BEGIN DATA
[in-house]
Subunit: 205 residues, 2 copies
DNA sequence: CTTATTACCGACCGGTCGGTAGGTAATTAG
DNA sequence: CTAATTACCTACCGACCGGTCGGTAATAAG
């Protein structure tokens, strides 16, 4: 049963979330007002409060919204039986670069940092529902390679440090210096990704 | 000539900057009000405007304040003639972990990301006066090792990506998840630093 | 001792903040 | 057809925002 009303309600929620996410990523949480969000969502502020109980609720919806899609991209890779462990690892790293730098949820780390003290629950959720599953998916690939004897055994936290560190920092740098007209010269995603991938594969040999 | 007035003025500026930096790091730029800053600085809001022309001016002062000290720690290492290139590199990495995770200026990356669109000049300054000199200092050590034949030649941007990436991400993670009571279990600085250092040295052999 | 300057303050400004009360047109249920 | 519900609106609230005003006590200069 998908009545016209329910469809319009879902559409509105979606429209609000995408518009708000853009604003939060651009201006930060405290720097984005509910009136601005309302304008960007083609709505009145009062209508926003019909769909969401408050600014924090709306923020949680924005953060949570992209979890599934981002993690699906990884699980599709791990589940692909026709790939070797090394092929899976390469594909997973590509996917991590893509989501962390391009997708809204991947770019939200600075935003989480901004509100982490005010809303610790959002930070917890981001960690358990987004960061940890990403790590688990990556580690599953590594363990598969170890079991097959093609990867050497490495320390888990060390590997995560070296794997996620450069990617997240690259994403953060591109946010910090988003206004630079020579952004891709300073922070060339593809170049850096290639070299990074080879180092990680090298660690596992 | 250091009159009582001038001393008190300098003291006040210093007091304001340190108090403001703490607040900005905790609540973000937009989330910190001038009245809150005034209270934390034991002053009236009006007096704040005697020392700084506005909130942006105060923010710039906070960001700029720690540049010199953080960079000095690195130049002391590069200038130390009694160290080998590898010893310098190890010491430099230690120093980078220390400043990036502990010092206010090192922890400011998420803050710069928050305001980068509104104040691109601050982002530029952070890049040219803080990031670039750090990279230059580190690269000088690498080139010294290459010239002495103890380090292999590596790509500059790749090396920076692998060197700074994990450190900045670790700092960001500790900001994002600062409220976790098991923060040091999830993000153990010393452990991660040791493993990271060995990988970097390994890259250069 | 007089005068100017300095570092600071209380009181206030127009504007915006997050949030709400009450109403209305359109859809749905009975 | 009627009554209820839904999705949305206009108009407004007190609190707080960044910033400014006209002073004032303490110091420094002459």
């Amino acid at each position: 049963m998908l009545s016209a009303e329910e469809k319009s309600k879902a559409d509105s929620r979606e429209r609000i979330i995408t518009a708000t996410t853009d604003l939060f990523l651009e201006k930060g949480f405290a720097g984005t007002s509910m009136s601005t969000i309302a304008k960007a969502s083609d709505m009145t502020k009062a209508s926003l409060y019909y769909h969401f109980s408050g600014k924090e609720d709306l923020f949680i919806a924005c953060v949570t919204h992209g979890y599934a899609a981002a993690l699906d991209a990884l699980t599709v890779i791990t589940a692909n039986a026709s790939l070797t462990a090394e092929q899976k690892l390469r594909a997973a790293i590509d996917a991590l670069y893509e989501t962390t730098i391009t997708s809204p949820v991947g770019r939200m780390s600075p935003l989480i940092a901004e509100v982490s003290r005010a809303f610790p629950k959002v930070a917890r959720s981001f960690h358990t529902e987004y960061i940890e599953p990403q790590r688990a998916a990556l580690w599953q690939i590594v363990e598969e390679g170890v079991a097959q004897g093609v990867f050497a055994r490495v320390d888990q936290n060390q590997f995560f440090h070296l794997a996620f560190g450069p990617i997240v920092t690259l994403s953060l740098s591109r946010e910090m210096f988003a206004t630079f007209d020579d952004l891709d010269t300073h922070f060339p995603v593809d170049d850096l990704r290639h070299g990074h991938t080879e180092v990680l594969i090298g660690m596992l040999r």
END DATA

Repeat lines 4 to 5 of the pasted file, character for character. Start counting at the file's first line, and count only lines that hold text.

DNA sequence: CTAATTACCTACCGACCGGTCGGTAATAAG
């Protein structure tokens, strides 16, 4: 049963979330007002409060919204039986670069940092529902390679440090210096990704 | 000539900057009000405007304040003639972990990301006066090792990506998840630093 | 001792903040 | 057809925002 009303309600929620996410990523949480969000969502502020109980609720919806899609991209890779462990690892790293730098949820780390003290629950959720599953998916690939004897055994936290560190920092740098007209010269995603991938594969040999 | 007035003025500026930096790091730029800053600085809001022309001016002062000290720690290492290139590199990495995770200026990356669109000049300054000199200092050590034949030649941007990436991400993670009571279990600085250092040295052999 | 300057303050400004009360047109249920 | 519900609106609230005003006590200069 998908009545016209329910469809319009879902559409509105979606429209609000995408518009708000853009604003939060651009201006930060405290720097984005509910009136601005309302304008960007083609709505009145009062209508926003019909769909969401408050600014924090709306923020949680924005953060949570992209979890599934981002993690699906990884699980599709791990589940692909026709790939070797090394092929899976390469594909997973590509996917991590893509989501962390391009997708809204991947770019939200600075935003989480901004509100982490005010809303610790959002930070917890981001960690358990987004960061940890990403790590688990990556580690599953590594363990598969170890079991097959093609990867050497490495320390888990060390590997995560070296794997996620450069990617997240690259994403953060591109946010910090988003206004630079020579952004891709300073922070060339593809170049850096290639070299990074080879180092990680090298660690596992 | 250091009159009582001038001393008190300098003291006040210093007091304001340190108090403001703490607040900005905790609540973000937009989330910190001038009245809150005034209270934390034991002053009236009006007096704040005697020392700084506005909130942006105060923010710039906070960001700029720690540049010199953080960079000095690195130049002391590069200038130390009694160290080998590898010893310098190890010491430099230690120093980078220390400043990036502990010092206010090192922890400011998420803050710069928050305001980068509104104040691109601050982002530029952070890049040219803080990031670039750090990279230059580190690269000088690498080139010294290459010239002495103890380090292999590596790509500059790749090396920076692998060197700074994990450190900045670790700092960001500790900001994002600062409220976790098991923060040091999830993000153990010393452990991660040791493993990271060995990988970097390994890259250069 | 007089005068100017300095570092600071209380009181206030127009504007915006997050949030709400009450109403209305359109859809749905009975 | 009627009554209820839904999705949305206009108009407004007190609190707080960044910033400014006209002073004032303490110091420094002459």